Transactions on Mass-Data Analysis of Images and Signals (ISSN:1868-6451)

Volume 1 - Number 2 - September 2009 - Pages 147-159

Automated classification of Immunofluorescence staining of HEp-2 cells in Clinical Routine Diagnostics

Ch. Plata1, H. Perner2, S. Speth1, K. J. Lackner1 and P. von Landenberg1

1Institute of Clinical Chemistry and Laboratory Medicine, Medical Center of the Johannes Gutenberg-University, D-55101 Mainz, Germany
1ImageInterpret GmbH, D-04107 Leipzig, Germany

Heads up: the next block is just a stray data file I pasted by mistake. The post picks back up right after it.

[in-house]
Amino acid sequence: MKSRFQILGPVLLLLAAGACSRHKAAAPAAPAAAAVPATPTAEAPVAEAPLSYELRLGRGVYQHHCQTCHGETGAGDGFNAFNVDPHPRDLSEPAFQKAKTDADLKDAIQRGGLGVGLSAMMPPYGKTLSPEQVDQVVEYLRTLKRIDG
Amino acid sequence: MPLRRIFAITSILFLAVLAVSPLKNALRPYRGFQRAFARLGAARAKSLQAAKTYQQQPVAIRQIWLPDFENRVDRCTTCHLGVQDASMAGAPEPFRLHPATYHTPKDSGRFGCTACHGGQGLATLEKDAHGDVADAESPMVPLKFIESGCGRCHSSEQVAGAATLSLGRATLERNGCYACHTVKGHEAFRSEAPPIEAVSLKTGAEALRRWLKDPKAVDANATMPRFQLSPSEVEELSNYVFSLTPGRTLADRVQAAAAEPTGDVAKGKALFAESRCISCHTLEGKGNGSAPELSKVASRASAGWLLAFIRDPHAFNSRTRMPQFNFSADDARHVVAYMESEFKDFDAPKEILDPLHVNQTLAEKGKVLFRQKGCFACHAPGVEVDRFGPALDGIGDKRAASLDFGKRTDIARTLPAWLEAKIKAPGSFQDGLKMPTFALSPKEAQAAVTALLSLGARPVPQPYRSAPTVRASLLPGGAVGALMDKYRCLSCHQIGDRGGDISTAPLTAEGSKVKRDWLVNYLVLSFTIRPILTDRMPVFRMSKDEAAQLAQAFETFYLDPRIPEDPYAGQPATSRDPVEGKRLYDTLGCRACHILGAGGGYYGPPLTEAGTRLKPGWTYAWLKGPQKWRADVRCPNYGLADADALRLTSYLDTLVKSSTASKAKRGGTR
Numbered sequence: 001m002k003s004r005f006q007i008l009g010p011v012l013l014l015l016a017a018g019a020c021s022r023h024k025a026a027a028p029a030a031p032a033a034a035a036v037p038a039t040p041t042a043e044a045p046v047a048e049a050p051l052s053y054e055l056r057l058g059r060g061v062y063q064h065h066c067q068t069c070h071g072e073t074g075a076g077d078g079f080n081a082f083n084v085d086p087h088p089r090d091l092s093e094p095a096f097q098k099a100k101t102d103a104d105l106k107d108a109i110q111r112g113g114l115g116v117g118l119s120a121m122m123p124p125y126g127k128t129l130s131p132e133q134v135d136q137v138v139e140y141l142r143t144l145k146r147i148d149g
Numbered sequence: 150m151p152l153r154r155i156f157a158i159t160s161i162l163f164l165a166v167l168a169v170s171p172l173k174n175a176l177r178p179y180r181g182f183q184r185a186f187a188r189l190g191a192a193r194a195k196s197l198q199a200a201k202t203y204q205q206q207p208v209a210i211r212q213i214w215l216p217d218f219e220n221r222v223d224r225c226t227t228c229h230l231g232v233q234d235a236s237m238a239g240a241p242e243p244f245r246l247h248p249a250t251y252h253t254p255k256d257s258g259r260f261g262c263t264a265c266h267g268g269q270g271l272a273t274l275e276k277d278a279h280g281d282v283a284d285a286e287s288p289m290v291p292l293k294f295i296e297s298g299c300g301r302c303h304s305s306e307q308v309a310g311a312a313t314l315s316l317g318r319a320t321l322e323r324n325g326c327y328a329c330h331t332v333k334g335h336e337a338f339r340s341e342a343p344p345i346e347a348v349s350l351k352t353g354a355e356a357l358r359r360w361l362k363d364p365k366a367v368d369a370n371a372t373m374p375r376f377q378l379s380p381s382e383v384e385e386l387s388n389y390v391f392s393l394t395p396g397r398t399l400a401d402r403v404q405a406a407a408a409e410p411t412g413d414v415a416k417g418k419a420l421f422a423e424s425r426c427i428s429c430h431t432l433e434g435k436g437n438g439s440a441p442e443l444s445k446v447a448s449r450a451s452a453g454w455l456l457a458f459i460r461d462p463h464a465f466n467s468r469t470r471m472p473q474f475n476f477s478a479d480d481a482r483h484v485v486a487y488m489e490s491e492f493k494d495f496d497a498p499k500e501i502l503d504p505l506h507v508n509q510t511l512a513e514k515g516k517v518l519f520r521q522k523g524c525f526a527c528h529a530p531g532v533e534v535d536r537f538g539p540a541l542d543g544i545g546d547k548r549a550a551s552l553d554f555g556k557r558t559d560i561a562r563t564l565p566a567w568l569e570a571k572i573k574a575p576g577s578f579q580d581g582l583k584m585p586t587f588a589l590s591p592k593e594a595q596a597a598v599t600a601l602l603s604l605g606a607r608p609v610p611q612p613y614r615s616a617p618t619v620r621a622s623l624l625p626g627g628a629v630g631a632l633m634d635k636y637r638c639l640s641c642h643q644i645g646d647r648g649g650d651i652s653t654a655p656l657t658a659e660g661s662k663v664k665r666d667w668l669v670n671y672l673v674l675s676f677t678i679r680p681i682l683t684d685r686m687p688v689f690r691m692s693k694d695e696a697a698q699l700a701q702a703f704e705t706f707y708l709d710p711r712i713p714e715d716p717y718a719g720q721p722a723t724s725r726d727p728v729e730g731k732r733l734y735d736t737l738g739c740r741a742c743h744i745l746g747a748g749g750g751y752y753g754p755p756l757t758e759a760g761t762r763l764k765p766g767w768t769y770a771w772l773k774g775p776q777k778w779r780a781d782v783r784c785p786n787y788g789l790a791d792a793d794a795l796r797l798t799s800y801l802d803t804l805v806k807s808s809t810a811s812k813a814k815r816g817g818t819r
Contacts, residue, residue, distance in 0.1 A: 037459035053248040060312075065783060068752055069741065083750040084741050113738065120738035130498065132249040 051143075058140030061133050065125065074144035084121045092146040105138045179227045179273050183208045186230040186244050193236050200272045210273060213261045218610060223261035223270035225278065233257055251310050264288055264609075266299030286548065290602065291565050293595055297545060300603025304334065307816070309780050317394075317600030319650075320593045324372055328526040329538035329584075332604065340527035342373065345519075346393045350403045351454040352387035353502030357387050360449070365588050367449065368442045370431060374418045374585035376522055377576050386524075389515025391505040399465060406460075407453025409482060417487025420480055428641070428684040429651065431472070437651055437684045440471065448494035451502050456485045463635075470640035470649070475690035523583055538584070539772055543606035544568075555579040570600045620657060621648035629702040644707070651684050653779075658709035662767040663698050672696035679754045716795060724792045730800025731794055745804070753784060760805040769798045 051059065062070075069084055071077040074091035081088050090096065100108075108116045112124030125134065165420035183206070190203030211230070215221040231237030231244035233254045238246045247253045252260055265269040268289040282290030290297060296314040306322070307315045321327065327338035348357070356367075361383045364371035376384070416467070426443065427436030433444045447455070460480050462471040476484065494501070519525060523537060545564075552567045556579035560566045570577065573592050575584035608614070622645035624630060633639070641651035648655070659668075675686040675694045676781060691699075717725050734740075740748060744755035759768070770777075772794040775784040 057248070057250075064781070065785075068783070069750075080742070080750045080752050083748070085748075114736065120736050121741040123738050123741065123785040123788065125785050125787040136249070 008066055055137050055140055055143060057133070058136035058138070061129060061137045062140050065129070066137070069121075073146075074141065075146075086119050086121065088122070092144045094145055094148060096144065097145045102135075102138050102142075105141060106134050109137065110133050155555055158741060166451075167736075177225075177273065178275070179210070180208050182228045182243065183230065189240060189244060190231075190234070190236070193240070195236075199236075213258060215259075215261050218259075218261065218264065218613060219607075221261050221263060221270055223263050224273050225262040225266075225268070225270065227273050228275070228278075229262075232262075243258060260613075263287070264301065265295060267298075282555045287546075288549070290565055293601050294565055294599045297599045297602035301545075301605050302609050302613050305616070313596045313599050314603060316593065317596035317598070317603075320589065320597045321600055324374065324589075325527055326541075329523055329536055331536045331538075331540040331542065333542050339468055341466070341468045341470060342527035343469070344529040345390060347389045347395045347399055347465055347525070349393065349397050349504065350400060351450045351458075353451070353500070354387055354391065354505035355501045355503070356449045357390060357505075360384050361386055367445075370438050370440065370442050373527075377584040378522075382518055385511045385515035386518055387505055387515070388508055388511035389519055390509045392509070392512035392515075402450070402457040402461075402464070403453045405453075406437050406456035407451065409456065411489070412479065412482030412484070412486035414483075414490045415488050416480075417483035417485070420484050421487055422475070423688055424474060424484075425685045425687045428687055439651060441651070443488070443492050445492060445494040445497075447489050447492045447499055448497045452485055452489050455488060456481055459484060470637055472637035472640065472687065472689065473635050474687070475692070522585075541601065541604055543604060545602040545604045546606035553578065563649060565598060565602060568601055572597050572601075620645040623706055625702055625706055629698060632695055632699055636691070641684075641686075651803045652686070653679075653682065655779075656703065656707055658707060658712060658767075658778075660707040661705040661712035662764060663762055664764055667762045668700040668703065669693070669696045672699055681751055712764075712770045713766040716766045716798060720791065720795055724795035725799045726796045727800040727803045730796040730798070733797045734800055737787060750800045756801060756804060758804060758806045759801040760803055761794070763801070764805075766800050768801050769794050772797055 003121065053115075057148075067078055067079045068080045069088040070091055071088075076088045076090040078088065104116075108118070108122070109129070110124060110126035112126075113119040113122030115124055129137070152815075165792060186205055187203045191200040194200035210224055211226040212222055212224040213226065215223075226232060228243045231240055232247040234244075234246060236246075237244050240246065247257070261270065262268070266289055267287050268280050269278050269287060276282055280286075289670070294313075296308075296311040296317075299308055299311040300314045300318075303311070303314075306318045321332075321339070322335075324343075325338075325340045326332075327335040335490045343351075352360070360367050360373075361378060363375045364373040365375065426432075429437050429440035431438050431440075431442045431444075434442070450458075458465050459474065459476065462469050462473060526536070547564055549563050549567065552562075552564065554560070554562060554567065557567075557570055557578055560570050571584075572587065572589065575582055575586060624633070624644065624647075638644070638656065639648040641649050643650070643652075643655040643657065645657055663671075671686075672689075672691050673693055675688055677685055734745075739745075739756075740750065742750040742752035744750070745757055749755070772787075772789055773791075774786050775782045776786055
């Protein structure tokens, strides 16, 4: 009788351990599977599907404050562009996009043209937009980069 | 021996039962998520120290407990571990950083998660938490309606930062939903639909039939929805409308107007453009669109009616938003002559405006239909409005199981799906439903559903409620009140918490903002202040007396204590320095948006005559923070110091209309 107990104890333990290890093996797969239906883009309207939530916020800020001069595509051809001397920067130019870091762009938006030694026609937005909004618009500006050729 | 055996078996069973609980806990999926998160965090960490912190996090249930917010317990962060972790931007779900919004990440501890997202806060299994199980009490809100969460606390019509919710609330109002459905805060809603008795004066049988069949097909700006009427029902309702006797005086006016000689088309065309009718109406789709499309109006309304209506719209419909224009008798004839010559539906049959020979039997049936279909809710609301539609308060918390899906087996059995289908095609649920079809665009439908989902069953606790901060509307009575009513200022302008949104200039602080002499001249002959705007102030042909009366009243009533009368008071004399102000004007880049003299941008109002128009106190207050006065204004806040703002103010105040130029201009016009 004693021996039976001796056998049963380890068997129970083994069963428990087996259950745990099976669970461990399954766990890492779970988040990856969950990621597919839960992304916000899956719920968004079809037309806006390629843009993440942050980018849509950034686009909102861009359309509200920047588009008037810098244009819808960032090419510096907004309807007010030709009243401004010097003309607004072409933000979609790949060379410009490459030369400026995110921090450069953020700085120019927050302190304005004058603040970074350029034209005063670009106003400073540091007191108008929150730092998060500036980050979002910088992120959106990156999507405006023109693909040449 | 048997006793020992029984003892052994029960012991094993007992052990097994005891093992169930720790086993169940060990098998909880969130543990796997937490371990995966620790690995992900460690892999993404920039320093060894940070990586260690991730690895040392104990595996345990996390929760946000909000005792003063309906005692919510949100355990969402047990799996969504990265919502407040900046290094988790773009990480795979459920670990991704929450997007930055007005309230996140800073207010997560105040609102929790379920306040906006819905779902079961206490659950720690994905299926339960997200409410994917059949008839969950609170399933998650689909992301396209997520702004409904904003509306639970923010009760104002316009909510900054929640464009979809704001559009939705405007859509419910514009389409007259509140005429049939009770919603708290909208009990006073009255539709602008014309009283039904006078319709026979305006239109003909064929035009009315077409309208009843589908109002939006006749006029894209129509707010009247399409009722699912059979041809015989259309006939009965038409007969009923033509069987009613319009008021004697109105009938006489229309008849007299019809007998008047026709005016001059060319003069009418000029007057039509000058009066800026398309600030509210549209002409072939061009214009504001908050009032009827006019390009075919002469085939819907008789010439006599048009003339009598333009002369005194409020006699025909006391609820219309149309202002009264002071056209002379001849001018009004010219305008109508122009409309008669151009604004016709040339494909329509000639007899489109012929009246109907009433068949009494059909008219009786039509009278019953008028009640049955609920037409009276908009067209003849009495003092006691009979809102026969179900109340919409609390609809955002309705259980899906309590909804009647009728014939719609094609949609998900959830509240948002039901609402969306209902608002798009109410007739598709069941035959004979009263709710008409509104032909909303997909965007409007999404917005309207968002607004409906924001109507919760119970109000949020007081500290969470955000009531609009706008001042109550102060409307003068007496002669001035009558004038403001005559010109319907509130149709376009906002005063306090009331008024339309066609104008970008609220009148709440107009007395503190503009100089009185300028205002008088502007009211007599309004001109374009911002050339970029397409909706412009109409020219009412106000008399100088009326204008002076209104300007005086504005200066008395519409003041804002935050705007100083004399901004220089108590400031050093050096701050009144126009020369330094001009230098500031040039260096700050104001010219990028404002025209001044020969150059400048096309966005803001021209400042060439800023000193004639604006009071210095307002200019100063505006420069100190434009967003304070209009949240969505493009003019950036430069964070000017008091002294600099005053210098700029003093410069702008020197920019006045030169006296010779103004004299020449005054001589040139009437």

Detection of antinuclear autoantibodies (ANA) based on Indirect Immunofluorescence (IIF) is of major importance for the diagnosis of several autoimmune diseases, such as Systemic Lupus Erythematosus. In clinical routine diagnostics, ANA are mostly visualized using HEp-2 cells, showing nuclear and cytoplasmatic immunofluorescence patterns. The manual evaluation of this screening test is labor intensive and still subjective. Standardization and further automation is needed to achieve comparable results based on objective parameters. Aim of this study was to evaluate results of an automated, software-based image analysis of HEp-2 cell fluorescence patterns in clinical routine diagnostic by comparing them to results of the manual method. Main focus was the solid differentiation between positive and negative HEp-2 cell fluorescence, the accuracy of computer analyzed HEp-2 cell fluorescence patterns identification as well as reliability of computer analyzed titer level determination. 299 serum samples were screened for presence of ANA and 2028 pictures of HEp-2 cell fluorescence patterns were generated. 381 pictures showed negative and 1647 positive staining. Nearly all negative samples (99,7%) were correctly classified by the software program. The automated pattern analysis classified the homogeneous pattern (81,2%), the centromere pattern (87,1%) and the nuclear dots pattern (76,7%) correctly resulting in an overall rate of 75,9% of correct classification. Titer analysis with a deviation of +/-1 titer levels was performed by the software program with 90,4% correct graduation. Using this software a reliable automated fluorescence pattern analysis, including positive/negative differentiation, fluorescence pattern classification and titer analysis is possible in routine diagnostics.

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